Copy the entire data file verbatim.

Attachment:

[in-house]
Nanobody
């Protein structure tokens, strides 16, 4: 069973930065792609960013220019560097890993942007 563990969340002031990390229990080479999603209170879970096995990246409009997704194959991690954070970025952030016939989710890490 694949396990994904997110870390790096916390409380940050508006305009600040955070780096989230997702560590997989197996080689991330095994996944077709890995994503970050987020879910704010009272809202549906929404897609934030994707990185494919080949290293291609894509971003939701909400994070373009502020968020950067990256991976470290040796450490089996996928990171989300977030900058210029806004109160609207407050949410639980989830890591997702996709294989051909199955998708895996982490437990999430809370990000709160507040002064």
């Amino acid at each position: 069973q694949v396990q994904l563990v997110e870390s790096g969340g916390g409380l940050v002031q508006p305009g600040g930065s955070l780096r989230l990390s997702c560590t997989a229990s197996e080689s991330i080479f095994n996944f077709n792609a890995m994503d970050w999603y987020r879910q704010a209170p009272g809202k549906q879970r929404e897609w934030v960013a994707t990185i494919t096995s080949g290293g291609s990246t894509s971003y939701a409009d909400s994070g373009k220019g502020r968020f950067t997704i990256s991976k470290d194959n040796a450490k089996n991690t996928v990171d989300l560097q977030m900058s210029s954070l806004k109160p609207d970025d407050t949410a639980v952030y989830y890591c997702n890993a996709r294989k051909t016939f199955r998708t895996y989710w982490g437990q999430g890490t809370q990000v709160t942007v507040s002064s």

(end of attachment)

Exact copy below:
[in-house]
Nanobody
């Protein structure tokens, strides 16, 4: 069973930065792609960013220019560097890993942007 563990969340002031990390229990080479999603209170879970096995990246409009997704194959991690954070970025952030016939989710890490 694949396990994904997110870390790096916390409380940050508006305009600040955070780096989230997702560590997989197996080689991330095994996944077709890995994503970050987020879910704010009272809202549906929404897609934030994707990185494919080949290293291609894509971003939701909400994070373009502020968020950067990256991976470290040796450490089996996928990171989300977030900058210029806004109160609207407050949410639980989830890591997702996709294989051909199955998708895996982490437990999430809370990000709160507040002064």
């Amino acid at each position: 069973q694949v396990q994904l563990v997110e870390s790096g969340g916390g409380l940050v002031q508006p305009g600040g930065s955070l780096r989230l990390s997702c560590t997989a229990s197996e080689s991330i080479f095994n996944f077709n792609a890995m994503d970050w999603y987020r879910q704010a209170p009272g809202k549906q879970r929404e897609w934030v960013a994707t990185i494919t096995s080949g290293g291609s990246t894509s971003y939701a409009d909400s994070g373009k220019g502020r968020f950067t997704i990256s991976k470290d194959n040796a450490k089996n991690t996928v990171d989300l560097q977030m900058s210029s954070l806004k109160p609207d970025d407050t949410a639980v952030y989830y890591c997702n890993a996709r294989k051909t016939f199955r998708t895996y989710w982490g437990q999430g890490t809370q990000v709160t942007v507040s002064s």